older, an MOE of 857 was estimated for the acute aggregate dietary risk
(food + water) from exposures to triclopyr residues.
    MOE = (30 mg/kg/day) / (0.0183 + 0.0167) mg/kg/day = 857
    Using the TMRC exposure assumptions described above, the percentage
of the RfD that will be utilized by aggregate exposures (food + water)
to residues of triclopyr ranges from 2.1% to 5.3% for the U.S.
population. The major identifiable subgroup with the highest aggregate
exposure is non-nursing infants <1 year old. The water exposure value
used the highest water residue concentration at 42 days after treatment
of lakes and ponds (the longest sampling time interval common to all
studies), 0.013 ppm, in the calculations below:
    Total U.S. Population (Dietary + Drinking Water)
    (0.00062 + 0.00043) mg/kg/day  x  100 / (0.05 mg/kg/day) = 2.1%

    Non-nursing Infants (Dietary + Drinking Water)
    (0.00133 + 0.0013) mg/kg/day  x  100 / (0.05 mg/kg/day) = 5.3%

    Determination of Safety for U.S. Population
    Based on the current state of knowledge for this chemical, the
RfD approach accurately reflects the exposure of the U.S.
population, infants and children to triclopyr.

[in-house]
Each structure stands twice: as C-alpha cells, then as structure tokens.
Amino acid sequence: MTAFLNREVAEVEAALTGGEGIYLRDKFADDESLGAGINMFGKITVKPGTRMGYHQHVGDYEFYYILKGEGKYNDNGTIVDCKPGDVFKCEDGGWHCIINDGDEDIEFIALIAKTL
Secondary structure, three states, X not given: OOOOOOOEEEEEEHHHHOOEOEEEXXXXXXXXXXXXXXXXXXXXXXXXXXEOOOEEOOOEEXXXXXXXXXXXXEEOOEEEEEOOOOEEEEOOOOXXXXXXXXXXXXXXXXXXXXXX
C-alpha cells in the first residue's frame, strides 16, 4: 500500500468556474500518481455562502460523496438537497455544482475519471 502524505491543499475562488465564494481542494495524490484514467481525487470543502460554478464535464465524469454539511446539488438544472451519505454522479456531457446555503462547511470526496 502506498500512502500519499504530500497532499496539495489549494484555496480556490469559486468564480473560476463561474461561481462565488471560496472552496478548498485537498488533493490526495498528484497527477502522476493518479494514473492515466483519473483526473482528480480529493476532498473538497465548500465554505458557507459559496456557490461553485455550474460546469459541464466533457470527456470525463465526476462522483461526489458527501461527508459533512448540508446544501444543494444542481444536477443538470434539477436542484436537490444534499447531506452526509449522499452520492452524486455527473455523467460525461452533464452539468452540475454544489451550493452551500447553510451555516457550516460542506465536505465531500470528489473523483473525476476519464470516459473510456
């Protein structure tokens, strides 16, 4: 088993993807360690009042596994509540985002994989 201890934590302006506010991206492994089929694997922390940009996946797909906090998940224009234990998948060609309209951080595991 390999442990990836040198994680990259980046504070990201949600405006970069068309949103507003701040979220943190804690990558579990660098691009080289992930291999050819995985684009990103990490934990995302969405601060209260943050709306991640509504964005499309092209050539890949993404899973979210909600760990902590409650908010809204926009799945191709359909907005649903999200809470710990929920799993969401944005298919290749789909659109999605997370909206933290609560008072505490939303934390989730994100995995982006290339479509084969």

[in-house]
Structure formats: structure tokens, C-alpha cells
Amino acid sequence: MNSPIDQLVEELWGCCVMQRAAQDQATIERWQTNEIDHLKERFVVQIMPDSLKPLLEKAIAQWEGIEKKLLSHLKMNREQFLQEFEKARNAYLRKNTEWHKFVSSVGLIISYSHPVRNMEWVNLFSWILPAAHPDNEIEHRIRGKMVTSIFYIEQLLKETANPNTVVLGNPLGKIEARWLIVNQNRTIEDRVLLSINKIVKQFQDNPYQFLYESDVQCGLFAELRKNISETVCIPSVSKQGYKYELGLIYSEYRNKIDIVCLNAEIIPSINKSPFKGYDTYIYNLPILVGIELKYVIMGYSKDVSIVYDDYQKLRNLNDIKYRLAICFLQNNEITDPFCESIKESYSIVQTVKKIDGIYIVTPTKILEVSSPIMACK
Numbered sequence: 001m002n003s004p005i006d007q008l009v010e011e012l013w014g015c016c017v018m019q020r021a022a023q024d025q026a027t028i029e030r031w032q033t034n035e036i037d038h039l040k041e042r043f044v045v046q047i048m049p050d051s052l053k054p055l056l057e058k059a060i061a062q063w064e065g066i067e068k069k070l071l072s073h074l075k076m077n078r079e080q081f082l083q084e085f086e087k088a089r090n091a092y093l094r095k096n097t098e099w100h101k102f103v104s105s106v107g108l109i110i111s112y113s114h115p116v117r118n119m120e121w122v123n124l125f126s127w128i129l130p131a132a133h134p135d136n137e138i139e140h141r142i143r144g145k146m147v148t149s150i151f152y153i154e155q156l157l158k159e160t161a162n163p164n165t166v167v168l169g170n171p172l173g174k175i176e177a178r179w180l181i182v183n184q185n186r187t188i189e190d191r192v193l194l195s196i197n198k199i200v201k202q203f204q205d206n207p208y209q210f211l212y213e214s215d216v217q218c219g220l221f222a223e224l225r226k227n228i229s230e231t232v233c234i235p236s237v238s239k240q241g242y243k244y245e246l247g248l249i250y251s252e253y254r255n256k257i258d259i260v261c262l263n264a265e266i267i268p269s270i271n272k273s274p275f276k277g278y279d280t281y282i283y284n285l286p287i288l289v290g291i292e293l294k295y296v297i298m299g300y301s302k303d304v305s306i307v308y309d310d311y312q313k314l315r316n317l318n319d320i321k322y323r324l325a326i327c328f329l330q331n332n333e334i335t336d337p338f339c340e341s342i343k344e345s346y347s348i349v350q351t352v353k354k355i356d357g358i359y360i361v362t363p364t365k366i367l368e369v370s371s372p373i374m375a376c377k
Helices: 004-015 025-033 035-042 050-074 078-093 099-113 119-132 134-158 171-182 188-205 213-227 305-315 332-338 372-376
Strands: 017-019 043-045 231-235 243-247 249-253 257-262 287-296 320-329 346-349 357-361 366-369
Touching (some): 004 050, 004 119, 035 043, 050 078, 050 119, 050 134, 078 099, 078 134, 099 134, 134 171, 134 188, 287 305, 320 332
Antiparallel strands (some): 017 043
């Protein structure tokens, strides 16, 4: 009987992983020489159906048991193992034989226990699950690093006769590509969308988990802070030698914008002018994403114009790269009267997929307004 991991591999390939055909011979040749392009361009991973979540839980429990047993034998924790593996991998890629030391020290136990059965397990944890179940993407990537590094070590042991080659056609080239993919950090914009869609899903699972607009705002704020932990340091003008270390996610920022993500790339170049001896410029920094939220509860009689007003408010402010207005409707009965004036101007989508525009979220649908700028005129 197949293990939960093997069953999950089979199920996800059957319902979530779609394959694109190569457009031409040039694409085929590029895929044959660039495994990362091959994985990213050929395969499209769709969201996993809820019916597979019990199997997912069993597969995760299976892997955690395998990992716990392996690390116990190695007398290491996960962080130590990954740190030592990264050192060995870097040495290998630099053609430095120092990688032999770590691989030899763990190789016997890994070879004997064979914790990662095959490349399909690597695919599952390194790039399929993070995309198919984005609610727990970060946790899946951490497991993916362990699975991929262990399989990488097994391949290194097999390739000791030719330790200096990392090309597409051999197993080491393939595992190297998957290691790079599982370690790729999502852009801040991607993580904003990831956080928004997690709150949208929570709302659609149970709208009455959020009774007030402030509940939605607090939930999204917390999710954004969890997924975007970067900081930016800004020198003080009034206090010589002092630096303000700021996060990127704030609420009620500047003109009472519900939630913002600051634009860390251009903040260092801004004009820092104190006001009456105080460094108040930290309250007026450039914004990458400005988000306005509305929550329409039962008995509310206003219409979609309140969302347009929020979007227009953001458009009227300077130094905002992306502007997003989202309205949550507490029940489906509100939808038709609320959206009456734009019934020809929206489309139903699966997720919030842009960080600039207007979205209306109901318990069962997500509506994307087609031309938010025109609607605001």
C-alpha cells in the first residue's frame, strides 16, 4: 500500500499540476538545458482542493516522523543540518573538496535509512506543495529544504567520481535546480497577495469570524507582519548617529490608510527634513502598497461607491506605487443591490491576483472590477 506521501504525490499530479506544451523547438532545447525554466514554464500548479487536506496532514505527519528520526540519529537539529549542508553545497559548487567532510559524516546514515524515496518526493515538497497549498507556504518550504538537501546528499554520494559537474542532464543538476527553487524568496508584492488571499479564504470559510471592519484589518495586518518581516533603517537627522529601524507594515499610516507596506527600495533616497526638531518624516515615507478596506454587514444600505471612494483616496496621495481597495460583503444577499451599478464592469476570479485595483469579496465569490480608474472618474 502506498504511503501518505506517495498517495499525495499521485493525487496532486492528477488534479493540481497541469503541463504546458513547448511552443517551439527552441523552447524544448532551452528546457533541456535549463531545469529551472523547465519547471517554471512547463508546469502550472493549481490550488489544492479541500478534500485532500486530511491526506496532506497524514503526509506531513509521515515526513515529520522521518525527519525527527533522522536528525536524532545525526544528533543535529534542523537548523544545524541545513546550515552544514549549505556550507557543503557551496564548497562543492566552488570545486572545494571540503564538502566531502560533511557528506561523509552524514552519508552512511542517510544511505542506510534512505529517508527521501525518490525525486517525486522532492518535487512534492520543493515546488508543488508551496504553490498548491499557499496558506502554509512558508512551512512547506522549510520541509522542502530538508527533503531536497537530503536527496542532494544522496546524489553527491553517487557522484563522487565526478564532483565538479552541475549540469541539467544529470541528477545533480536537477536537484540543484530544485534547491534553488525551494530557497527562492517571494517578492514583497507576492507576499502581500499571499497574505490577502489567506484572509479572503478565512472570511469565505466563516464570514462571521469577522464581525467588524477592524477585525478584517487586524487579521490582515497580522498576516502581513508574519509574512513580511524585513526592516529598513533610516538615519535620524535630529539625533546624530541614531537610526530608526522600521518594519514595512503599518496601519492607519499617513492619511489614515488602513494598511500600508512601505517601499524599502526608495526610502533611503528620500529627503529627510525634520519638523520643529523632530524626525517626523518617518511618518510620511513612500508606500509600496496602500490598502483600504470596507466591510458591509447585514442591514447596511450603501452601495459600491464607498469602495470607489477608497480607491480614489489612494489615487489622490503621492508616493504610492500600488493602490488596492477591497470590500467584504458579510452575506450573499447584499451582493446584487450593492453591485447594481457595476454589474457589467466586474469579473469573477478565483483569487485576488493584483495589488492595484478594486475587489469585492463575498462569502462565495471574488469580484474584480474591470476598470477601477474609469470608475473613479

2. Infants and children. Studies cited earlier in this document
indicate that triclopyr is not a selective developmental toxicant, and
an additional uncertainty factor for infants and children is
unnecessary. This decision is based on the following data.
    Since the developmental and reproductive NOELs were either the same
or greater than the maternal or parental, it is unlikely that there is
additional risk concern for immature or developing organisms which is
not reflected by the risk assessment utilizing the established
reference dose. The effects noted for the RfD NOEL are parental
effects, not developmental.

F. International Tolerances

    There are no established or proposed Codex MRLs for triclopyr
residues. Therefore, there are no issues of compatibility with respect
to U.S. tolerances and Codex MRLs.

[FR Doc. 98-4187 Filed 2-19-98; 8:45 am]